FIG. 18A is an enlarged cross sectional view of a lead wire-retaining hook along the line 18--18 of FIG. 17.
FIG. 18B is an enlarged cross sectional view of a second embodiment of a lead wire-retaining hook along the line 18--18 of FIG. 17.
The preferred embodiments of the invention described herein are exemplary and numerous modifications, dimensional variations, and rearrangements canbe readily envisioned to achieve an equivalent result, all of which are intended to be embraced within the scope of the appended claims.
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|U.S. Classification||360/265.7, G9B/5.154, G9B/5.153, 360/264.2, 360/265.9|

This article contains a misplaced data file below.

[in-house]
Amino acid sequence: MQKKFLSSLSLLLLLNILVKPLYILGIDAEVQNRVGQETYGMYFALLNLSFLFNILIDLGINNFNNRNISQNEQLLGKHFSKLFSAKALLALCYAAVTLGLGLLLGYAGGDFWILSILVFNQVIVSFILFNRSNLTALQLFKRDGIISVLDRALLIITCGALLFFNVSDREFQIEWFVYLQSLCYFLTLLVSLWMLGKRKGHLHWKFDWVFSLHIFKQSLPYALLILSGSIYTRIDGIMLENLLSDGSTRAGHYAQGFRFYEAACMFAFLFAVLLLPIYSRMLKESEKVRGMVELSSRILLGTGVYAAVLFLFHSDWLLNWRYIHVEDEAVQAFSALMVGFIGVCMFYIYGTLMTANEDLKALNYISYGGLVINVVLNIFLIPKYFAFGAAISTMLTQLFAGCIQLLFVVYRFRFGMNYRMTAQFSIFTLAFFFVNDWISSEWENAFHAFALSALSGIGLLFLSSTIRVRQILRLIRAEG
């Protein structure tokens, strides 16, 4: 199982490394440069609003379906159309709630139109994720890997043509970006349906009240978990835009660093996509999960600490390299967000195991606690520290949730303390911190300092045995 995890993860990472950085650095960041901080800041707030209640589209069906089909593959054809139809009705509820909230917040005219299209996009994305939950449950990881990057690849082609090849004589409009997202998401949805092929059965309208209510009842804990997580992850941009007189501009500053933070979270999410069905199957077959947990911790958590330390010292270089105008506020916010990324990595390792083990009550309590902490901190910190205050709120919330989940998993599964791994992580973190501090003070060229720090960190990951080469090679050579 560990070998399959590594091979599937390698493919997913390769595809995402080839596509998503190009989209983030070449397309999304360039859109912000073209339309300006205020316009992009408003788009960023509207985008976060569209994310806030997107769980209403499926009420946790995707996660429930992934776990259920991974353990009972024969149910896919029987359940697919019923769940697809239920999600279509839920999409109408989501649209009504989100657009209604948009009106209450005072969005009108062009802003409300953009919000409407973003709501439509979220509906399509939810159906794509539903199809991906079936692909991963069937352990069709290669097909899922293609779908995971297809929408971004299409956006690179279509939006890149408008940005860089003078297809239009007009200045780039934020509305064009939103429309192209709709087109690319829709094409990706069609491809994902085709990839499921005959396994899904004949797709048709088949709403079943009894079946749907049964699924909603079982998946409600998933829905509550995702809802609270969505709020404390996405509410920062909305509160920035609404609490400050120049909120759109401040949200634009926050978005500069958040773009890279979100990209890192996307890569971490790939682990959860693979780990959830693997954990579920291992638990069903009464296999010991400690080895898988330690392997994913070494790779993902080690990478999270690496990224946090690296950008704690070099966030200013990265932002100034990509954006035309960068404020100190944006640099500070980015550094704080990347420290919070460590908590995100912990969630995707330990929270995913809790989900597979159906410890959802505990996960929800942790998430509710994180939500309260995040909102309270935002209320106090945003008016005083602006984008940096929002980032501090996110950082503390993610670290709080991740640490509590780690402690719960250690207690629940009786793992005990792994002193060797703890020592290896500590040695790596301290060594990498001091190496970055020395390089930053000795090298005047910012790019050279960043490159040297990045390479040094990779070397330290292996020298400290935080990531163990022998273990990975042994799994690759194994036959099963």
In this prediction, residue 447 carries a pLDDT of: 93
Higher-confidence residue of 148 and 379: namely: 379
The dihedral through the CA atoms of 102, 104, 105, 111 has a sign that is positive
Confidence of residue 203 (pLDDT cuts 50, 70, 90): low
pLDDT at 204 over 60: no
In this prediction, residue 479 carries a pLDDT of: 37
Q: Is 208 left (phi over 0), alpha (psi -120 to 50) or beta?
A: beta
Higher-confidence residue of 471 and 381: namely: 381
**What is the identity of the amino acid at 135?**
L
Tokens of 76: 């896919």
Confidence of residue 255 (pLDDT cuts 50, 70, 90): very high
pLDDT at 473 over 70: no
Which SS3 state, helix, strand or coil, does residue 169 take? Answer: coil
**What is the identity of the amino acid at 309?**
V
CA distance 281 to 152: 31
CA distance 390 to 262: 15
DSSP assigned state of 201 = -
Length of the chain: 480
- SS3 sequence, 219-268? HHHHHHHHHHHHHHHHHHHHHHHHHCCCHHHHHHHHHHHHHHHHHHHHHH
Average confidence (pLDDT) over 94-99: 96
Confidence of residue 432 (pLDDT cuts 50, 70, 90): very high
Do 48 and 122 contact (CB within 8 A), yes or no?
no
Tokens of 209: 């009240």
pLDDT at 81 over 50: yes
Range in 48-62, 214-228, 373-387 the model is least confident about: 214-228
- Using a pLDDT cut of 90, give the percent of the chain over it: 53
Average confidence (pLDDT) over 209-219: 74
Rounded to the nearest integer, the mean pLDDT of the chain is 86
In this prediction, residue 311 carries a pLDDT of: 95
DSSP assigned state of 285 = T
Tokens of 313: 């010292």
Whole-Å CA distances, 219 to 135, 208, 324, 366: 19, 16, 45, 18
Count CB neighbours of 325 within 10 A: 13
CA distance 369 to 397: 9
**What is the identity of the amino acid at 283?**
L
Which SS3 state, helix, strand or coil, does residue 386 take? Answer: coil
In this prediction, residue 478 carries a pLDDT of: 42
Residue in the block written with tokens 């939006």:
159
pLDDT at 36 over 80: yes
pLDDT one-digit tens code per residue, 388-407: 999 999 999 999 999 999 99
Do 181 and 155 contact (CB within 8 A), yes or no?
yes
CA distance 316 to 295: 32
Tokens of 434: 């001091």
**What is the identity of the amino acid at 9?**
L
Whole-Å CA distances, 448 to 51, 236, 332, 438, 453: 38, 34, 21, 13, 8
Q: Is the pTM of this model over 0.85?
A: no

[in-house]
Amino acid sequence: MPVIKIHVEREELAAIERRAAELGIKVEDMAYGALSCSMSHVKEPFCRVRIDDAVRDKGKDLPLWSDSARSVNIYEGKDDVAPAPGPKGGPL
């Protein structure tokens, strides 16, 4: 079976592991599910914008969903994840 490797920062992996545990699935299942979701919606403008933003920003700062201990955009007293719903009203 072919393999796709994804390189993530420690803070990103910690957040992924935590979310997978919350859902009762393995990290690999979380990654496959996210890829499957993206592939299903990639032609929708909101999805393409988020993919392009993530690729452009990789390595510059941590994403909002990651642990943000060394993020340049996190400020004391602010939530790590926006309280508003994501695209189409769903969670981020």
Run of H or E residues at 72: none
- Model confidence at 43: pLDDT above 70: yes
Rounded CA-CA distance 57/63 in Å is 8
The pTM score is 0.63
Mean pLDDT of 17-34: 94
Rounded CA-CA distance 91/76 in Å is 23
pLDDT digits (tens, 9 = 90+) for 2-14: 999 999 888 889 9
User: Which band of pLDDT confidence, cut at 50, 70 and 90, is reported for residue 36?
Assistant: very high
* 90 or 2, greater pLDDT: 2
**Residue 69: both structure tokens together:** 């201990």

|Cooperative Classification||G11B5/486, G11B5/5582, G11B5/4833|
|European Classification||G11B5/48A7, G11B5/48A3|
|May 8, 2001||REMI||Maintenance fee reminder mailed|
|Oct 15, 2001||LAPS||Lapse for failure to pay maintenance fees|
|Dec 18, 2001||FP||Expired due to failure to pay maintenance fee|
Effective date: 20011014